June 27 is annually recognized as National HIV Testing Day in the United States. The Centers for Disease Control (CDC) now recommends that everyone ages 13–64 get tested. Do you know your status?Who is at risk (you may be surprised)
Roughly 1.1 million people in the United States live with HIV. Alarmingly, it’s estimated that up to 16 percent—nearly one out of six—is unaware of their infection. This is because many symptoms of HIV are common to other illnesses as well and can often be mistaken for something else. Why you should care
Despite what you may have heard—anyone can get HIV. Although certain populations are more seriously affected, men and women of all ages, races and sexual orientations are at risk. Major public health agencies, such as the CDC and USPSTF (US Prevention Services Task Force) recommend routine HIV screening for all people ages 13–65.Why test everyone?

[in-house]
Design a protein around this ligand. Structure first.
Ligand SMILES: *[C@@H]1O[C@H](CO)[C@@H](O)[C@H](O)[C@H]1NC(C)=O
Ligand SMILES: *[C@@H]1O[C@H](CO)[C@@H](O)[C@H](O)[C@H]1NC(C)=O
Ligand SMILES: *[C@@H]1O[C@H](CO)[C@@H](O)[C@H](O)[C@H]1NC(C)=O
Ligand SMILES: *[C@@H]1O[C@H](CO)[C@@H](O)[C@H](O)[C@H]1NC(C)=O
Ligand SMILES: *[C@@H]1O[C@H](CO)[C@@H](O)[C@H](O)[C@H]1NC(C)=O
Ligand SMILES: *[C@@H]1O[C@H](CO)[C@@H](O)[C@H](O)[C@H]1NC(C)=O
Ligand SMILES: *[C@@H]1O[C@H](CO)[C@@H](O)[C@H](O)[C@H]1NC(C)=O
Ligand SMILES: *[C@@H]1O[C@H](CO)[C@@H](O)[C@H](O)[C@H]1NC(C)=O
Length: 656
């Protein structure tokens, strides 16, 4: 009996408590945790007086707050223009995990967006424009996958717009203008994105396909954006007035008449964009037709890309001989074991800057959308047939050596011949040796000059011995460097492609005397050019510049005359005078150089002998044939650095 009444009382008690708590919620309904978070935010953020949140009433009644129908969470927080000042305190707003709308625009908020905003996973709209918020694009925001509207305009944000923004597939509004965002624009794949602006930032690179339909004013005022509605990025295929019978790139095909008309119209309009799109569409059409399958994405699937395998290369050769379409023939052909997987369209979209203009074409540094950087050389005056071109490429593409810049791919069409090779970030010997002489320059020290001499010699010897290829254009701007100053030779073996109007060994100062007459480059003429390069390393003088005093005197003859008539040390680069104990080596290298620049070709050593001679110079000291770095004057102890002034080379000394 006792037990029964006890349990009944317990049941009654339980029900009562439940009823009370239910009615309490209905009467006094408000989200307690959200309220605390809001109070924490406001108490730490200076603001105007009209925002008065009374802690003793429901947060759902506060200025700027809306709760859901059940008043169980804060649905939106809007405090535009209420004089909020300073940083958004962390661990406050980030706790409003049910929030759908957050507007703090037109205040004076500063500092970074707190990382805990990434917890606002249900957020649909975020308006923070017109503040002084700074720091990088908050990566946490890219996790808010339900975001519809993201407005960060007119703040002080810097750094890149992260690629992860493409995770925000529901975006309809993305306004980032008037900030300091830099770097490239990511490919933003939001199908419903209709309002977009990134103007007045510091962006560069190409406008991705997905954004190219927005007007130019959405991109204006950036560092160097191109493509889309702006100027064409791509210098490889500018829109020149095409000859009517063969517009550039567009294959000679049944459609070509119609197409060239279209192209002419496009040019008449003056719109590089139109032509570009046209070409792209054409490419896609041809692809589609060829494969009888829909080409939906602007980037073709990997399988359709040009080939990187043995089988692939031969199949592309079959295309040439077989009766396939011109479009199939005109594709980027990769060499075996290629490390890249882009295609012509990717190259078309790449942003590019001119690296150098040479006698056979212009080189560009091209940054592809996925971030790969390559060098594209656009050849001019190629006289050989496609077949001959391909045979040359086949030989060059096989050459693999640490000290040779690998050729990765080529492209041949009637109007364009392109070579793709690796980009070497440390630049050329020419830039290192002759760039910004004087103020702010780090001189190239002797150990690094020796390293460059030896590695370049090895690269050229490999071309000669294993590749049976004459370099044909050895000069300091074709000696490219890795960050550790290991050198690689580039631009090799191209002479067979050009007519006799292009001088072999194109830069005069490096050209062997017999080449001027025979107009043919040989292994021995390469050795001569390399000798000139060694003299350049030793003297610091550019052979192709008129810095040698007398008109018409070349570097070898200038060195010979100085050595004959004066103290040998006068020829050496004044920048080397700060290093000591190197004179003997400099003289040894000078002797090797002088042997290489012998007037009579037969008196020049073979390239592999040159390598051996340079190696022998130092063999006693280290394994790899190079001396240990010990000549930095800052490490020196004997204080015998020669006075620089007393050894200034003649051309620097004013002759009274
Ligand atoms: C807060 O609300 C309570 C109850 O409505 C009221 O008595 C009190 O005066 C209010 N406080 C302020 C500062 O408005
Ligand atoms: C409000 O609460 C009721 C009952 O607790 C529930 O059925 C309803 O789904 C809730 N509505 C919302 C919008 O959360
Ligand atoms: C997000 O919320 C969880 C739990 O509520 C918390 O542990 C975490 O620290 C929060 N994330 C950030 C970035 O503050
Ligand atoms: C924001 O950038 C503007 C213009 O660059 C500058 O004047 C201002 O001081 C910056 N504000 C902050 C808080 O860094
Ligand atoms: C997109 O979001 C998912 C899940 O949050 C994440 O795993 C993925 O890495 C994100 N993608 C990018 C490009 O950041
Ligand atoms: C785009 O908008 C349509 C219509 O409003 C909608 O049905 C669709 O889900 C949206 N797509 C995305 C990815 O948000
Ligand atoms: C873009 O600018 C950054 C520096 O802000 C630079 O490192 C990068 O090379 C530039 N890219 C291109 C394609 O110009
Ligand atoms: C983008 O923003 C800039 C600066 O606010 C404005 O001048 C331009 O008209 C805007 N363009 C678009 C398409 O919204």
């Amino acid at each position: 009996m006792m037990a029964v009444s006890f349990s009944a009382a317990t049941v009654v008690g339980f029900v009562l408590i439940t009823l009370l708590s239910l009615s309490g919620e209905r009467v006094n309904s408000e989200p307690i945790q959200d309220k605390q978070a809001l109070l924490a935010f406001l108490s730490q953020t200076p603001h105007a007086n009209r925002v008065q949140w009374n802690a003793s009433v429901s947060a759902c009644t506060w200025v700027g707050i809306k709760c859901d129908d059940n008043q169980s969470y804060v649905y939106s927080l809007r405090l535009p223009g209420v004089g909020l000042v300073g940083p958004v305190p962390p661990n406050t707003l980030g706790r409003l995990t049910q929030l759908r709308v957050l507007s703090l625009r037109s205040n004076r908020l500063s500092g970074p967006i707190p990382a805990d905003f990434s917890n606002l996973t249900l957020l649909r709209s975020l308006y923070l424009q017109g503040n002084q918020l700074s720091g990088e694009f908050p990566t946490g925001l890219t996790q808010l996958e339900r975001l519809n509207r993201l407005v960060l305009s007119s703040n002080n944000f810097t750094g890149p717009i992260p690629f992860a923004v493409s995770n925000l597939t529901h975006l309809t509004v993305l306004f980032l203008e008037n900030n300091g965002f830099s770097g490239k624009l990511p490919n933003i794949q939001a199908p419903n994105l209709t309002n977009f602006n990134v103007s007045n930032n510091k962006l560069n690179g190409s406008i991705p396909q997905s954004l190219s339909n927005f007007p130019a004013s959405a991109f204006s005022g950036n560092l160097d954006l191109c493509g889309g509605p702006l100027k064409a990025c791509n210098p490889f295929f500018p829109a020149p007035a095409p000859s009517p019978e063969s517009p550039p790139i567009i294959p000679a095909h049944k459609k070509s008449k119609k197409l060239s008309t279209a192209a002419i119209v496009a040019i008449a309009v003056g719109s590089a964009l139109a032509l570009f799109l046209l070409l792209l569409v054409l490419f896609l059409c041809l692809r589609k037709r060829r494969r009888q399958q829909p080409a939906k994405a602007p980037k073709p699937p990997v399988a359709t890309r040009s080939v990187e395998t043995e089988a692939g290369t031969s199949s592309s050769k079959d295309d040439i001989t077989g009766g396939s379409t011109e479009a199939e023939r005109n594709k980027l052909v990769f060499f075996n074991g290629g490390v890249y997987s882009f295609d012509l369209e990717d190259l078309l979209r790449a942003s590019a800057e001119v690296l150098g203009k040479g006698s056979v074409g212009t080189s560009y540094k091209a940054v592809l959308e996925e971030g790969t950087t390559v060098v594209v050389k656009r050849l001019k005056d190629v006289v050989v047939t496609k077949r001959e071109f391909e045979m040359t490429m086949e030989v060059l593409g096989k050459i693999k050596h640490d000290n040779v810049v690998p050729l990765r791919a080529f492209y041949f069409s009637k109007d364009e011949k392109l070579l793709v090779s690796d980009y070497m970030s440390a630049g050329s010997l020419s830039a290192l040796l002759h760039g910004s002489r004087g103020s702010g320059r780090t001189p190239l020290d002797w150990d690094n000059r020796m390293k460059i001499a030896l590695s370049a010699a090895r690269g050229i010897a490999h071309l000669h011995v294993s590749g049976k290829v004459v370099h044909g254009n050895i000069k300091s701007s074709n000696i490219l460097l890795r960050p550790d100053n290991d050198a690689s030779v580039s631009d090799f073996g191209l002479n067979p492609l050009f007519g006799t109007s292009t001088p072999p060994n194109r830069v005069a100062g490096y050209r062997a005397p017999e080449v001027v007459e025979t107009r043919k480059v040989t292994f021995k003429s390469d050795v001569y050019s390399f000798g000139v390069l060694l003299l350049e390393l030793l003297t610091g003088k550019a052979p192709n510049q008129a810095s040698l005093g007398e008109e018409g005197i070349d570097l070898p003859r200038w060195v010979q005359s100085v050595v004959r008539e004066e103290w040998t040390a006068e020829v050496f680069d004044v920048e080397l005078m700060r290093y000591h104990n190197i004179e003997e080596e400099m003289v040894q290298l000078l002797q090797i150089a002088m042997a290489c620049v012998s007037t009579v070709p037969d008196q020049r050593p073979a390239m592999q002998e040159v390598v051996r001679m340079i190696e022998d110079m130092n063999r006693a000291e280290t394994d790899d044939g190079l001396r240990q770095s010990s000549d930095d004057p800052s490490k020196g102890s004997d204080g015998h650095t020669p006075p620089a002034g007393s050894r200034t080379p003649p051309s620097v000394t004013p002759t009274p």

Despite great advances in the treatment of HIV, the rate of HIV infection isn’t going down in the US, which suggests that current screening protocols have not been effective. The CDC and other authorities hope that screening all people ages 13–65—sometimes called universal screening—may result in earlier detection and a decrease in the spread of the virus.Today, it’s important that everyone make HIV screening their business. Get tested. Know your status.Take the quiz
to find out if you’re at risk for HIV. Download our patient brochure
for more information. Or visit CDC.gov/HIV
for more information.